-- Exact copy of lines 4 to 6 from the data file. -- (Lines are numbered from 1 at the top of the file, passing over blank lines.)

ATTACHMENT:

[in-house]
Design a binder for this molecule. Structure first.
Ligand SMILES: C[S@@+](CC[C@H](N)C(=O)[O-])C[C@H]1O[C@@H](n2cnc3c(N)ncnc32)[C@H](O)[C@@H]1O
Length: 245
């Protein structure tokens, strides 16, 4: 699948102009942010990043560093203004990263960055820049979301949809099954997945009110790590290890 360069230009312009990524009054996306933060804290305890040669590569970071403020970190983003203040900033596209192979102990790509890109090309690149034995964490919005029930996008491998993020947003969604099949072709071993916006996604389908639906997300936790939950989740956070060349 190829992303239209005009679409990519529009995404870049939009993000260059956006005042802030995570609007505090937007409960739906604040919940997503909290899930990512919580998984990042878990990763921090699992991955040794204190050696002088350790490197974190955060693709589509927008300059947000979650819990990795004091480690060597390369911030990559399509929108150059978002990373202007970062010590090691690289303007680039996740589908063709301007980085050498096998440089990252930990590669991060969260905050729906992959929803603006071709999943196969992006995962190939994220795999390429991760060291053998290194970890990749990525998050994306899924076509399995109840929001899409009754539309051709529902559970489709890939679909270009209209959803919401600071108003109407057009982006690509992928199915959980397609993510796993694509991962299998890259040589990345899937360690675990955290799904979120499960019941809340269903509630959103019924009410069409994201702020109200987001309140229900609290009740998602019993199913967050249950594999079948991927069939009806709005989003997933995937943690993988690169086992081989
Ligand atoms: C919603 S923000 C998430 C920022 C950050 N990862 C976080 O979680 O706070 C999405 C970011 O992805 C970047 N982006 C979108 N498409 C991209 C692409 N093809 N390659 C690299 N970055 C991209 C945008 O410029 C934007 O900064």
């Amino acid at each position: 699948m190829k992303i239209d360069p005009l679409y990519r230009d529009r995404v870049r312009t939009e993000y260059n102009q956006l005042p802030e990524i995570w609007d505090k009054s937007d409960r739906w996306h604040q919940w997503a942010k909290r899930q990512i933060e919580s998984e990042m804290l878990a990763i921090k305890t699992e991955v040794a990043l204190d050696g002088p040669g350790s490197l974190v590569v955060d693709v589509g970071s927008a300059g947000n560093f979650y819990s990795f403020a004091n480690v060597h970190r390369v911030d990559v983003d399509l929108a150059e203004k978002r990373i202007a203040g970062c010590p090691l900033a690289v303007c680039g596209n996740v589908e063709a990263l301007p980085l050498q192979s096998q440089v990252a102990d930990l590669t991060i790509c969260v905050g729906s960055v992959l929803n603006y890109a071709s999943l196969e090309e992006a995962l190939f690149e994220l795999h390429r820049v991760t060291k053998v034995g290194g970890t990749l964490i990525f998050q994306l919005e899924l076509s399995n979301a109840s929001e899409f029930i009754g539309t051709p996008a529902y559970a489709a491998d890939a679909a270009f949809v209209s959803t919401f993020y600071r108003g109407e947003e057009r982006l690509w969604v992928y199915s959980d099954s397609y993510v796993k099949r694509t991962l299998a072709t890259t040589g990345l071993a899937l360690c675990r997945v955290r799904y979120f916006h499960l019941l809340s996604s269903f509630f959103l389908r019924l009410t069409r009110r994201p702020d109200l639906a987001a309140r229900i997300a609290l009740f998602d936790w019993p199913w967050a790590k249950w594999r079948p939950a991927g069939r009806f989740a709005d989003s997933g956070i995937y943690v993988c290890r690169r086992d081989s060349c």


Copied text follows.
Length: 245
């Protein structure tokens, strides 16, 4: 699948102009942010990043560093203004990263960055820049979301949809099954997945009110790590290890 360069230009312009990524009054996306933060804290305890040669590569970071403020970190983003203040900033596209192979102990790509890109090309690149034995964490919005029930996008491998993020947003969604099949072709071993916006996604389908639906997300936790939950989740956070060349 190829992303239209005009679409990519529009995404870049939009993000260059956006005042802030995570609007505090937007409960739906604040919940997503909290899930990512919580998984990042878990990763921090699992991955040794204190050696002088350790490197974190955060693709589509927008300059947000979650819990990795004091480690060597390369911030990559399509929108150059978002990373202007970062010590090691690289303007680039996740589908063709301007980085050498096998440089990252930990590669991060969260905050729906992959929803603006071709999943196969992006995962190939994220795999390429991760060291053998290194970890990749990525998050994306899924076509399995109840929001899409009754539309051709529902559970489709890939679909270009209209959803919401600071108003109407057009982006690509992928199915959980397609993510796993694509991962299998890259040589990345899937360690675990955290799904979120499960019941809340269903509630959103019924009410069409994201702020109200987001309140229900609290009740998602019993199913967050249950594999079948991927069939009806709005989003997933995937943690993988690169086992081989
Ligand atoms: C919603 S923000 C998430 C920022 C950050 N990862 C976080 O979680 O706070 C999405 C970011 O992805 C970047 N982006 C979108 N498409 C991209 C692409 N093809 N390659 C690299 N970055 C991209 C945008 O410029 C934007 O900064």